Order — the old order — has been restored at the Travis County Republican Party, with James Dickey reclaiming the chairmanship that he lost to Robert Morrow, with much national to-do, in the party’s March 1 primary.
With the votes of 62 of the 92 precinct chairs who filled a room at the Crowne Plaza Austin for more than 31/2 hours Tuesday night, Dickey succeeded the man who had supplanted him when a surge of new voters — drawn mostly by Donald Trump’s candidacy — elected Morrow, a man whose provocative persona and fringe politics would have presumably alienated an electorate that knew more about him.
“It’s nice to have the Republican Party in Travis County back on strong footing and to have the precinct chairs right the mistake that unfortunately some voters made without really being careful, and I hope that’s a lesson that everybody takes from this,” Dickey said.
“If you don’t know who you’re voting for,” he said, “please do not guess — there is the possibility of a very bad result.”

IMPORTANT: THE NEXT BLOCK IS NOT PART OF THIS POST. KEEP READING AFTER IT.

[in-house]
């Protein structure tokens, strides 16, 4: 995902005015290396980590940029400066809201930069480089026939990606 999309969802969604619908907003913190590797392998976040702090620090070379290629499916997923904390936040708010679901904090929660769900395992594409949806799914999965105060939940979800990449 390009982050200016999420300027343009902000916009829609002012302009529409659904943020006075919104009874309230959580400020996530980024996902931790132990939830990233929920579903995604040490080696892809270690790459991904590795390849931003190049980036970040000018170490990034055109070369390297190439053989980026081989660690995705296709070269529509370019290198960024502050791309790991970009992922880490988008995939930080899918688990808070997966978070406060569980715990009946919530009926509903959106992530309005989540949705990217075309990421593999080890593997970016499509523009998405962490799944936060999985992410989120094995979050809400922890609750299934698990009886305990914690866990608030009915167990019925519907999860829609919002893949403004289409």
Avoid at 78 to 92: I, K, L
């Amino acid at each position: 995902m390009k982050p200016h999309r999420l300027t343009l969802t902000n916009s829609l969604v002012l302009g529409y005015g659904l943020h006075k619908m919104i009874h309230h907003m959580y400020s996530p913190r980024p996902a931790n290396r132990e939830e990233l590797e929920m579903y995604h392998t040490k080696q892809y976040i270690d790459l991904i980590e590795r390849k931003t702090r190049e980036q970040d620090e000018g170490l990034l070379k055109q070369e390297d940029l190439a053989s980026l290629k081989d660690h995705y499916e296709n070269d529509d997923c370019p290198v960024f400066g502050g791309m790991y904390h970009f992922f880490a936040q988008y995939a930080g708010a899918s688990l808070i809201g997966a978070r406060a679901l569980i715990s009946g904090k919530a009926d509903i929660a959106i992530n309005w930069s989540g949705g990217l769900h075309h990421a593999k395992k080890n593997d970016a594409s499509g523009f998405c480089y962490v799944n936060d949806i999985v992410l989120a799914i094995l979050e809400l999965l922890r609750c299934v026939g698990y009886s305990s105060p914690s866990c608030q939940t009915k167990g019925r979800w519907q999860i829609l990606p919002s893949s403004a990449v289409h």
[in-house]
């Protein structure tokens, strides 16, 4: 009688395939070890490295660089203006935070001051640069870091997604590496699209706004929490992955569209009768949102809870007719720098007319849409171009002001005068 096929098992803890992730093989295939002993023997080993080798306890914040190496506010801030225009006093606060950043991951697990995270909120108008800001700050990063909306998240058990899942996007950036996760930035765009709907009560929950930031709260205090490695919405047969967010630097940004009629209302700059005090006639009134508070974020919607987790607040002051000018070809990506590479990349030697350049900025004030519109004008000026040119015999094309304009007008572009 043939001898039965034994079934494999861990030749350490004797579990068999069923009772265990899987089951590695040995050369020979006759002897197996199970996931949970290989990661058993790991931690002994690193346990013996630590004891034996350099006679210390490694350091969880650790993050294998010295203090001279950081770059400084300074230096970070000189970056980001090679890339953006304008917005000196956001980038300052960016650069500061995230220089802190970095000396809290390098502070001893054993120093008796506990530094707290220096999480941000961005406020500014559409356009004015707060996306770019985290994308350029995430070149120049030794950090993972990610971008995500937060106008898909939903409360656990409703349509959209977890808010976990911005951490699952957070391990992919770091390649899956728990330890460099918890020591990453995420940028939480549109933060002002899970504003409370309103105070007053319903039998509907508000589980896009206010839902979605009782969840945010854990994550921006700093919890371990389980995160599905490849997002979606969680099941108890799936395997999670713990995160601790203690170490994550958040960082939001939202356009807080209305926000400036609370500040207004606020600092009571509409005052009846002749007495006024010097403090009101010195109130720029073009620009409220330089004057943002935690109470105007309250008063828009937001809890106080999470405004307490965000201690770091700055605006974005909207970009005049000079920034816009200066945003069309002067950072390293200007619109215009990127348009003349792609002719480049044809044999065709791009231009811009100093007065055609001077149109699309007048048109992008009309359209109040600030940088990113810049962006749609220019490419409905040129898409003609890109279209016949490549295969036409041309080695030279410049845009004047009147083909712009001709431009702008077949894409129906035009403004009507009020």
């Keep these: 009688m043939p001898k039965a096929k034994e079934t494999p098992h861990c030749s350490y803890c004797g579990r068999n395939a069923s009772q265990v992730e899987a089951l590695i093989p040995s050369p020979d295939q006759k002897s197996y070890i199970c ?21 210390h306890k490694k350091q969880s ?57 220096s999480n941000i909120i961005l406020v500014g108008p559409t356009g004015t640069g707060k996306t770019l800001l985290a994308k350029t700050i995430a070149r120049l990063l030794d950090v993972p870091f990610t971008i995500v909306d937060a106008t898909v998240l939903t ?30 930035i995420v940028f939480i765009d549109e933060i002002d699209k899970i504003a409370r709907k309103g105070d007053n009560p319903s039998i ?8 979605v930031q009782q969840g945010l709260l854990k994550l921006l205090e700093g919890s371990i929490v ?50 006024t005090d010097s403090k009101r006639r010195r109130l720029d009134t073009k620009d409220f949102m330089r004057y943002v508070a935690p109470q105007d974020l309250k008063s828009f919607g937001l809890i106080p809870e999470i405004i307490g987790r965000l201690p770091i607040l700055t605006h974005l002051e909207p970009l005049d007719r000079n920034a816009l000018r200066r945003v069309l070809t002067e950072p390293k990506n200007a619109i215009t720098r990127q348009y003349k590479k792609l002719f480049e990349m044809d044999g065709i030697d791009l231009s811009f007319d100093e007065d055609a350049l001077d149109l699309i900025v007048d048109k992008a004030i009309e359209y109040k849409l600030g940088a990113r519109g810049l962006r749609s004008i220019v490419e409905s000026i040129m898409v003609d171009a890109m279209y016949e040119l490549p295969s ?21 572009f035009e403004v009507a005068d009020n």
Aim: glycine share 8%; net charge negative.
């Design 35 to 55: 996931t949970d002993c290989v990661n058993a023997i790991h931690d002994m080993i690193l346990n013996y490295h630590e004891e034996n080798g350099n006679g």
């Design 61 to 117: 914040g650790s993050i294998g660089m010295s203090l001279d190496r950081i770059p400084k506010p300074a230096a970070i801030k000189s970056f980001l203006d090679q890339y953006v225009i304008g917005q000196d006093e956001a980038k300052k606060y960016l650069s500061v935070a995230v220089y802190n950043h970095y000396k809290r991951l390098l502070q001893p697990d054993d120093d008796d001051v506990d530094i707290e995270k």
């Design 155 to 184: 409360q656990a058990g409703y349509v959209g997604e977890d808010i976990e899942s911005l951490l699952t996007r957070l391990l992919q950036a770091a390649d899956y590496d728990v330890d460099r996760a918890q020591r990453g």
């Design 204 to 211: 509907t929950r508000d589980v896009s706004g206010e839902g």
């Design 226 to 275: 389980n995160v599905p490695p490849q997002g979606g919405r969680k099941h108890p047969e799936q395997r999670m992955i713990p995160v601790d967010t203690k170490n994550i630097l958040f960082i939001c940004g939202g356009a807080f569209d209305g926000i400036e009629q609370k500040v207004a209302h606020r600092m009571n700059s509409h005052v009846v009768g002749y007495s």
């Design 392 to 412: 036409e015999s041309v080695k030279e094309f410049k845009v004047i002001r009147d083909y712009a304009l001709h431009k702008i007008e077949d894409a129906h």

On Tuesday night, Dickey won with an electorate that knew him well.
Twenty-six votes went to Brendan Steinhauser, an Austin political consultant with national and state political experience, and two went to Matt Lawrence, a political unknown. Two precinct chairs abstained.
Morrow, who wasn’t in attendance, was on Twitter expressing his congratulations to Dickey — his preferred candidate — on his win, and promoting his own candidacy for president.
It was that candidacy — filing in Texas as a certified write-in candidate for president — that cost Morrow his chairmanship. State election law doesn’t allow a party chair to run for other elective office, and, with that, his unorthodox tenure ended.